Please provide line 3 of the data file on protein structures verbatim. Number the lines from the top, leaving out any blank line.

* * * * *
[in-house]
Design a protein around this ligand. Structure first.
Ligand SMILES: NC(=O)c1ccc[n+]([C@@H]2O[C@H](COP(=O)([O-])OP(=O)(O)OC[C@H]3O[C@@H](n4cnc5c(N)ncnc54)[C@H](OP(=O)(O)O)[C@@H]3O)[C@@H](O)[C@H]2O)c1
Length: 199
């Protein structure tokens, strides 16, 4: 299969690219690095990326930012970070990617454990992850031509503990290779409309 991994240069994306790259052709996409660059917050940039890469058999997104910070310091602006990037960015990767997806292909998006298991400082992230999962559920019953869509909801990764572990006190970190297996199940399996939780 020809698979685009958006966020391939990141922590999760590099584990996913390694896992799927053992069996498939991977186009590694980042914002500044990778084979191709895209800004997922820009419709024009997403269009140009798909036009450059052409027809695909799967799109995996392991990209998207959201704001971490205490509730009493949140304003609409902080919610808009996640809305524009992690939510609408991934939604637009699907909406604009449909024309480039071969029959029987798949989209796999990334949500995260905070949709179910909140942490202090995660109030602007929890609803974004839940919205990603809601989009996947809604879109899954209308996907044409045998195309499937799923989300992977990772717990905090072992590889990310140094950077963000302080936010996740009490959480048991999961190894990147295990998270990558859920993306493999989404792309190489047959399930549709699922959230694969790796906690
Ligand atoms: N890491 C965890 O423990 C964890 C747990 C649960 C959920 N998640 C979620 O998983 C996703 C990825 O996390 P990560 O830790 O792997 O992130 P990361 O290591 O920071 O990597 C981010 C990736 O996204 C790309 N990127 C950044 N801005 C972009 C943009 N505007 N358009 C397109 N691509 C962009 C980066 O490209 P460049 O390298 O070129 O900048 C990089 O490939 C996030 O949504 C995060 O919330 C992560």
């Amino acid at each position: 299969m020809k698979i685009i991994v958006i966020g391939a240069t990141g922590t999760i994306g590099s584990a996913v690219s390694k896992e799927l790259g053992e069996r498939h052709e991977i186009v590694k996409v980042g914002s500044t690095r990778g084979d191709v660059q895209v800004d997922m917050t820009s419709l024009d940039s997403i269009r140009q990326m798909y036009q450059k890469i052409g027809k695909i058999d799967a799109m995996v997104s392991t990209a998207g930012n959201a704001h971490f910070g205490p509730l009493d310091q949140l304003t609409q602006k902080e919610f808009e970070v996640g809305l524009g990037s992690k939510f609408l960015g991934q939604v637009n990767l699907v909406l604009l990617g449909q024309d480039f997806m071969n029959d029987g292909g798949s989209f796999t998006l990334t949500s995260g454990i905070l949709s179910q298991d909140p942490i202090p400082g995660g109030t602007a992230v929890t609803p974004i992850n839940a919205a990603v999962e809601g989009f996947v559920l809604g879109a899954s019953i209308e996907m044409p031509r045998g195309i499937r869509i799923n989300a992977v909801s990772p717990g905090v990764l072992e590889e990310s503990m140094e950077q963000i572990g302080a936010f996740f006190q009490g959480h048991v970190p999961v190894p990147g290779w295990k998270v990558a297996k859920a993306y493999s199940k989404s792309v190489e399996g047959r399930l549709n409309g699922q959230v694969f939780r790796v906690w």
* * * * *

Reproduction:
Ligand SMILES: NC(=O)c1ccc[n+]([C@@H]2O[C@H](COP(=O)([O-])OP(=O)(O)OC[C@H]3O[C@@H](n4cnc5c(N)ncnc54)[C@H](OP(=O)(O)O)[C@@H]3O)[C@@H](O)[C@H]2O)c1